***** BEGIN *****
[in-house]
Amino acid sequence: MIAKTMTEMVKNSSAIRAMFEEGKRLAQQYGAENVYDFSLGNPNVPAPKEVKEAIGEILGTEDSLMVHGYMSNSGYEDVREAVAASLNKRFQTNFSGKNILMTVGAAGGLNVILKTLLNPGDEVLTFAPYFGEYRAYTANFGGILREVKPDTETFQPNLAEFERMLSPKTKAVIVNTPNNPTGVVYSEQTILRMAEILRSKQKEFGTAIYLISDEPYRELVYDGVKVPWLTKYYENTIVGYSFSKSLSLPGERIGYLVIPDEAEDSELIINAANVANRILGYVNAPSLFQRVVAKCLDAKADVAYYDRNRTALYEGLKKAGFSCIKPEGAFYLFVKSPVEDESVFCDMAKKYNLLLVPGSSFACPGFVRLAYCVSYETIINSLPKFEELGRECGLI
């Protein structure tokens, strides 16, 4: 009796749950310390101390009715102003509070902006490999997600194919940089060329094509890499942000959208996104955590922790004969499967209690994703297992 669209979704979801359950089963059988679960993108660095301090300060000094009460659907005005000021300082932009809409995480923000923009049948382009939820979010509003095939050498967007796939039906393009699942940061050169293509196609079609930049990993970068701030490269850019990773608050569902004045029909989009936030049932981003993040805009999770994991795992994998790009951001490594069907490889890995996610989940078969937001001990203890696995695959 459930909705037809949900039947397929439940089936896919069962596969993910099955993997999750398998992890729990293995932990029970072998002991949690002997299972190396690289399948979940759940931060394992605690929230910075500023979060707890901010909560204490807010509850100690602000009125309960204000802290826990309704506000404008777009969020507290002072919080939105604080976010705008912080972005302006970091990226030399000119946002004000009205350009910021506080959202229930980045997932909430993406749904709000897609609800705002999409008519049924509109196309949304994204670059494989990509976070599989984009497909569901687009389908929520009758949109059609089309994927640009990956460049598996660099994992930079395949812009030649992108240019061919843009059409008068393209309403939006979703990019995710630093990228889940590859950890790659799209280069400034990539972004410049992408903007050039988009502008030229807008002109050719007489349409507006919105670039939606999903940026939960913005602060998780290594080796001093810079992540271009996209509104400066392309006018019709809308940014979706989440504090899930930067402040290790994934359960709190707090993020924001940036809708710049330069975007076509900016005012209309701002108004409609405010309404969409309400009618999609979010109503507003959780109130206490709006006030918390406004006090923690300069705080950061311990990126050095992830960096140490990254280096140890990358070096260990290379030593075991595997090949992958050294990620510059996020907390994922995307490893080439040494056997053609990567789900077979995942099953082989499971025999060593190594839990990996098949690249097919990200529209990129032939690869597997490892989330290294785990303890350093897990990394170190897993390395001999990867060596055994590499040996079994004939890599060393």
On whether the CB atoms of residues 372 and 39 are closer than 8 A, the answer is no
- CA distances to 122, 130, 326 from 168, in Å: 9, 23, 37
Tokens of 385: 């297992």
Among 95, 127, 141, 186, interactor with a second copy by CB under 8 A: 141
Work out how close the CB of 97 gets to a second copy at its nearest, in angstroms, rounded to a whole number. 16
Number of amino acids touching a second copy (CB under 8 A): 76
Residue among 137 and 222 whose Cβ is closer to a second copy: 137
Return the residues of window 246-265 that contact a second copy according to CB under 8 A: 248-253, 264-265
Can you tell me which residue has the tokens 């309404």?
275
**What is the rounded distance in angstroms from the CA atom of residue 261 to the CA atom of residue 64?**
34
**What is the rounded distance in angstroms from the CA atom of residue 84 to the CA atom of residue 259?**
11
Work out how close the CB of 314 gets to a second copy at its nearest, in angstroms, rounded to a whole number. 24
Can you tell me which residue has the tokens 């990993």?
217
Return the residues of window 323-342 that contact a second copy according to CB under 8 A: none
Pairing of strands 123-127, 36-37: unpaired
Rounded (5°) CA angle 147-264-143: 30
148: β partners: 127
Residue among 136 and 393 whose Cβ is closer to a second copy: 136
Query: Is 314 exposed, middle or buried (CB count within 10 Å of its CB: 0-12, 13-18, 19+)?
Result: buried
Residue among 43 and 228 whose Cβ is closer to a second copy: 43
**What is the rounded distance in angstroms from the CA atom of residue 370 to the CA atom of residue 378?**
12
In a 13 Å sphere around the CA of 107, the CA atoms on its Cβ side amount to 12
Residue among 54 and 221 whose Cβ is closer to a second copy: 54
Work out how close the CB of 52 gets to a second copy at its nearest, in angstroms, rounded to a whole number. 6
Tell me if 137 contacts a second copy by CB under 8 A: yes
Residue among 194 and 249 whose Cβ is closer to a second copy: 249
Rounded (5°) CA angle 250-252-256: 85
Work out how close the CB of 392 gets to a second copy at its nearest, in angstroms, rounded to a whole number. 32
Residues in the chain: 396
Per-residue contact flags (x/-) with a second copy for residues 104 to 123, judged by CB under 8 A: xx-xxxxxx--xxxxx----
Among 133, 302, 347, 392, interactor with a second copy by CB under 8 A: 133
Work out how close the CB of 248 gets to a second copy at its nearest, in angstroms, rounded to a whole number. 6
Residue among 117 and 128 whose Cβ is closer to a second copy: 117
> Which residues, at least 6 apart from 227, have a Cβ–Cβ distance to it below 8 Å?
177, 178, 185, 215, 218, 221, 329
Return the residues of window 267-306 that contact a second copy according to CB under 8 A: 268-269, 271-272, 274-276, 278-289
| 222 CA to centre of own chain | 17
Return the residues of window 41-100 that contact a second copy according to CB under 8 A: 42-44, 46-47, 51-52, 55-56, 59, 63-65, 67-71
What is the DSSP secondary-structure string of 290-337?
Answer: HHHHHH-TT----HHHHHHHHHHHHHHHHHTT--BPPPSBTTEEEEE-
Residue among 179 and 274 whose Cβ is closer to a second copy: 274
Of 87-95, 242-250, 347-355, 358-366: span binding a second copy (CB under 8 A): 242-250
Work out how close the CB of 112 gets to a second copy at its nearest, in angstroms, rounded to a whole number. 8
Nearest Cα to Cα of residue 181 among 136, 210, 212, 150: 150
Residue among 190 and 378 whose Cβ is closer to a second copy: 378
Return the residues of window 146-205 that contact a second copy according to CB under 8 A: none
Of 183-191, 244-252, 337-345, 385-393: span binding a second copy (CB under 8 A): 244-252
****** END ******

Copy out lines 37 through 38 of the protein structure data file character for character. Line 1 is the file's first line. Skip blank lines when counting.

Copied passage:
Work out how close the CB of 392 gets to a second copy at its nearest, in angstroms, rounded to a whole number. 32
Residues in the chain: 396